Charmed by the little stone house in north-west Greece that he inherited in 1999, British academic Dimitrios Konstadakopulos has gradually learned about life in Tsamantás – his late mother’s village – during visits over the past twenty years.
Thirty miles east of Corfu, and once a lively place, peopled by shepherds and tinkers, strong women and boisterous children, the village is now in decline. But this book – part fiction, part fact – brings it vividly to life.
The little house is the focus of the story, as the author’s ancestors and their neighbours experience family life and death, marriages and births, against a background of the faith and festivities that gave their existence meaning and brought them escape from drudgery and poverty.
The region’s history is explored, from subjugation under the Ottomans to integration with Greece, and – in the context of a futile war with Turkey – the unresolved disappearance of Great-Uncle George is given a possible explanation.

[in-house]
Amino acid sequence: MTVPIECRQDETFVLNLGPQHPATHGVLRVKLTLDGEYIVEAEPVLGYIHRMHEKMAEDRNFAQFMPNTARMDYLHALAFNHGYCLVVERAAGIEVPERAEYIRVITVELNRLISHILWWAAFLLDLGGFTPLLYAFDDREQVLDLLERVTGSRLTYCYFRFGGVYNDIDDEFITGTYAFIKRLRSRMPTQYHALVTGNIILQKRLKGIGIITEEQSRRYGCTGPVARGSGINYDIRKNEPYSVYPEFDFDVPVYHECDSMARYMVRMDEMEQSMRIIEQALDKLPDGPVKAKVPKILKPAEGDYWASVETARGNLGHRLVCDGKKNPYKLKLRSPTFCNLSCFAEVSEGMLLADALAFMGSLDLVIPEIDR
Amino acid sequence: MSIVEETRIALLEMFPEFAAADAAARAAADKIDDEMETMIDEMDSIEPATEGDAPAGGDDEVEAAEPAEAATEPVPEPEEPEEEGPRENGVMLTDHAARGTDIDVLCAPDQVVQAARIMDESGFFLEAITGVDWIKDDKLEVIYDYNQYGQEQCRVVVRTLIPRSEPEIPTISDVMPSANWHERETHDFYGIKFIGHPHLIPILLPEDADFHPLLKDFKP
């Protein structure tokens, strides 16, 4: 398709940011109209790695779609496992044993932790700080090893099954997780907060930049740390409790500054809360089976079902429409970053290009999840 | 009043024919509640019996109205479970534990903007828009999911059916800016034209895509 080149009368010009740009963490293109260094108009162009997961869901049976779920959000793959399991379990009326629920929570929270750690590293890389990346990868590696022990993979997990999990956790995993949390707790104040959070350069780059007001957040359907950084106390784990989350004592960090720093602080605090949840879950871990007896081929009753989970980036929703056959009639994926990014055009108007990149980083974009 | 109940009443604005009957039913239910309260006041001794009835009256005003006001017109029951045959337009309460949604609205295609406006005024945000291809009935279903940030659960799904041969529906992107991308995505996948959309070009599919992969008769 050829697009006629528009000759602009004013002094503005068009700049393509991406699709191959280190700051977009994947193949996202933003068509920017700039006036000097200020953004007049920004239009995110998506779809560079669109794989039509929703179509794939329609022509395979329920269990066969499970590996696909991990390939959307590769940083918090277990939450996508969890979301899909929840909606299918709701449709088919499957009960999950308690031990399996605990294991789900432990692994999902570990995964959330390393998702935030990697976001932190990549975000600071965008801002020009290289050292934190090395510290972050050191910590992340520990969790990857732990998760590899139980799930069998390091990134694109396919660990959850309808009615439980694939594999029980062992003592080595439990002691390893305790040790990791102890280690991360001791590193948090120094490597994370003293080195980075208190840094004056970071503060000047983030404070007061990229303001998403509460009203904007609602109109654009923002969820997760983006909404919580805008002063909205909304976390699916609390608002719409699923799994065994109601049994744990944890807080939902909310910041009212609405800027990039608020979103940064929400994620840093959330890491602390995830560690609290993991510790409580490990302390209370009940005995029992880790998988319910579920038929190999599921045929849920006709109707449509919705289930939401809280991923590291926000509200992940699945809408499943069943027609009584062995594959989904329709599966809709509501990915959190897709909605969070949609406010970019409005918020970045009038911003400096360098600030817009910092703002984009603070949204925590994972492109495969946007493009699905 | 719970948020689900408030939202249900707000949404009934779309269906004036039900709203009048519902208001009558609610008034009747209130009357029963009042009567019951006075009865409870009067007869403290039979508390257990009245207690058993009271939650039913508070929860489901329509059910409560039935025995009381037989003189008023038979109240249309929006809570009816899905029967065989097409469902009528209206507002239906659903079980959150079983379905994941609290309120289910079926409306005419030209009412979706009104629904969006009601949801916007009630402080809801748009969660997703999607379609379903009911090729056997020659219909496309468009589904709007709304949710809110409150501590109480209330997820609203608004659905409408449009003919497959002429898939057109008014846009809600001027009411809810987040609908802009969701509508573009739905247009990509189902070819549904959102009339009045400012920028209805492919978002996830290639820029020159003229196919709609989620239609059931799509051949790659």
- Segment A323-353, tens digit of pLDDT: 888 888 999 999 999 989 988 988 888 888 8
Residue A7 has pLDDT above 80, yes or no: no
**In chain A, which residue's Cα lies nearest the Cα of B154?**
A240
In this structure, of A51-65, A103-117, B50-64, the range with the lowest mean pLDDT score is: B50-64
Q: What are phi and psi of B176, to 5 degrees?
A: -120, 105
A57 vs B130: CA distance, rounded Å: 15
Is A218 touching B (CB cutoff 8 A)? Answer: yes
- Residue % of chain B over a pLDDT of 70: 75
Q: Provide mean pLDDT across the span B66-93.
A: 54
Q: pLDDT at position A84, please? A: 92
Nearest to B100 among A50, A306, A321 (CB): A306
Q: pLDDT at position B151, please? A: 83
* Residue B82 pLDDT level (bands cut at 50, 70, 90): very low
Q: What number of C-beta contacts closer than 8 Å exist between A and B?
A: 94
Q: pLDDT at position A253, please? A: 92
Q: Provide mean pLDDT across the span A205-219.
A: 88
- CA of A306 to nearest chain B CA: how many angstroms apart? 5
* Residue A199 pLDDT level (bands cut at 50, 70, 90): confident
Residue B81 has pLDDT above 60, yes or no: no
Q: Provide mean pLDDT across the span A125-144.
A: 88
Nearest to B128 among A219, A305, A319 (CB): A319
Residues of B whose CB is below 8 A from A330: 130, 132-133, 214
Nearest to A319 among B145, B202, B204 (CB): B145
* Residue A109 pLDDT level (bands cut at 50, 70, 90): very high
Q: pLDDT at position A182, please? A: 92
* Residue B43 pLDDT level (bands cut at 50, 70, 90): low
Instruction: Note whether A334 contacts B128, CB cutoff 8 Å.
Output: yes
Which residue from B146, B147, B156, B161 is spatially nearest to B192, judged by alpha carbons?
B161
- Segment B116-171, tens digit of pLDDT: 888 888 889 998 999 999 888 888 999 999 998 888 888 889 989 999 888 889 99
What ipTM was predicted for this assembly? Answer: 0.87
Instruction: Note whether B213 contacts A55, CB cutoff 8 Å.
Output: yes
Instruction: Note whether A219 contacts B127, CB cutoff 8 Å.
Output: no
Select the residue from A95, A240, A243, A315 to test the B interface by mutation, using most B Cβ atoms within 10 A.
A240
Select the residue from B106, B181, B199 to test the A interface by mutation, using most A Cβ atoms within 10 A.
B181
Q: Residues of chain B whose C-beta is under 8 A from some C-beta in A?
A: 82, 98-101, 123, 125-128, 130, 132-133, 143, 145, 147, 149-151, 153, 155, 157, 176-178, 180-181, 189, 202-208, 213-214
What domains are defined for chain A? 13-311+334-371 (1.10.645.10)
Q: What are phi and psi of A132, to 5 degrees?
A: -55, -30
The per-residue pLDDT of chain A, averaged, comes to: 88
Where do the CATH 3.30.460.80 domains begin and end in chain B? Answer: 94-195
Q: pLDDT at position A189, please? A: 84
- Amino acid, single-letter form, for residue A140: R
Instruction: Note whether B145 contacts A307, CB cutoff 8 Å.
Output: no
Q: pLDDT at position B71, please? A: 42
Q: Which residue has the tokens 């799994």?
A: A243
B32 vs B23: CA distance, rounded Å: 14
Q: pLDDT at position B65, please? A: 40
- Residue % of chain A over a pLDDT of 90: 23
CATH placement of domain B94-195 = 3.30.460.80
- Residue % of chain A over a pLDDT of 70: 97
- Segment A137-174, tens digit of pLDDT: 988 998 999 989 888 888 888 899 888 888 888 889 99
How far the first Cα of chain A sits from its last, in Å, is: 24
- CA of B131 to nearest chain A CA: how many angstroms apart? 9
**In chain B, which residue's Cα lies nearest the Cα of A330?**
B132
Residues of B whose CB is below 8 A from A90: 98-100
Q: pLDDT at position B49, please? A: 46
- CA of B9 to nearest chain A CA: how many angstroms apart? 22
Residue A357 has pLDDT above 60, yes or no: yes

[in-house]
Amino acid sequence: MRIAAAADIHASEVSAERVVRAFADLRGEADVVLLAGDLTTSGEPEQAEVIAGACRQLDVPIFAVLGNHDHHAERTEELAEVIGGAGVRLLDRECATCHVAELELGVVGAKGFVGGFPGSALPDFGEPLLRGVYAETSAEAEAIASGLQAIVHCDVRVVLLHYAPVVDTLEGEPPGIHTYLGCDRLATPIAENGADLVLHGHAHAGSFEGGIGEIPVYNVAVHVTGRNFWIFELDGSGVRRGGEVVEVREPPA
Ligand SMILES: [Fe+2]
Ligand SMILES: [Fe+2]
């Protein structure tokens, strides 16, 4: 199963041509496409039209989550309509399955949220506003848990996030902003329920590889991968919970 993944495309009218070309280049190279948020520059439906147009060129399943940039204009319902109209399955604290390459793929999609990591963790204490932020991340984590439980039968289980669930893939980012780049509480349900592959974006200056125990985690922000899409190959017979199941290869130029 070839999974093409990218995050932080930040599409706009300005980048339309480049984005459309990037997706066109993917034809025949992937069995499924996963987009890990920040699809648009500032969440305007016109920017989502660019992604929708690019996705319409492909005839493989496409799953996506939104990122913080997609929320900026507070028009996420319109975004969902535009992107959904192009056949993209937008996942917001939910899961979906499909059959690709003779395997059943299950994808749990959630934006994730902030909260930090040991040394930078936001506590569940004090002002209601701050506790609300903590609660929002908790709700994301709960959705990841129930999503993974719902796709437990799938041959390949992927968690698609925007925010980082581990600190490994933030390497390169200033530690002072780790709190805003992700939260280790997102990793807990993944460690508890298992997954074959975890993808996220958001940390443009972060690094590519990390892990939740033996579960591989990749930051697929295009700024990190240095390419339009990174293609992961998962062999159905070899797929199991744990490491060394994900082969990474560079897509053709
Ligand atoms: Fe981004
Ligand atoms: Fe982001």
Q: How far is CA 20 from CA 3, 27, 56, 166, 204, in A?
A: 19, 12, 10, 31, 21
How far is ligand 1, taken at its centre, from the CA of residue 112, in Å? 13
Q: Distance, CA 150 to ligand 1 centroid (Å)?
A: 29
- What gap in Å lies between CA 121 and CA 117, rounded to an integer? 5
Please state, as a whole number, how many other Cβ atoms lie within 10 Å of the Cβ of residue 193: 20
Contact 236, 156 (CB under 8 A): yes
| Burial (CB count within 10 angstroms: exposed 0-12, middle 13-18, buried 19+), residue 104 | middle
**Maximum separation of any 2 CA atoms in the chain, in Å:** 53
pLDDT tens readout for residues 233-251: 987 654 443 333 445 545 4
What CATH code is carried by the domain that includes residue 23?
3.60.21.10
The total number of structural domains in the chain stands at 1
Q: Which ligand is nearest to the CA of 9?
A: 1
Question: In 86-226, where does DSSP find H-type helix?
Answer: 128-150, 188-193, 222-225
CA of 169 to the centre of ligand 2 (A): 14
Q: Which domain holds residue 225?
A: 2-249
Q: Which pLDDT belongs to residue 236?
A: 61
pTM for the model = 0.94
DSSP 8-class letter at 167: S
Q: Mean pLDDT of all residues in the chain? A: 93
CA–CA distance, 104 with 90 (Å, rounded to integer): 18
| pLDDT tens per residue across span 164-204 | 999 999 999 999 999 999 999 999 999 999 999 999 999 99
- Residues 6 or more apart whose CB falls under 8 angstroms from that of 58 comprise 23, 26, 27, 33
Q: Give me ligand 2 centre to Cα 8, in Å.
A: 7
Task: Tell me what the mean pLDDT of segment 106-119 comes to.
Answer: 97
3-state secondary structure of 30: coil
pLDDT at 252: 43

These powerfully moving stories of love and loss, ritual and superstition, landscape and colourful culture, are a tribute to a way of life that is disappearing, and may soon be consigned to history.
Dimitrios Konstadakopulos, PhD, University of Surrey, is a retired scholar living in Bristol, UK. He has authored or co-authored three books and some 60 articles, papers and book chapters in a wide range of academic topics. The semi-autobiographical novel “The House by the Fig Tree” is his first fiction.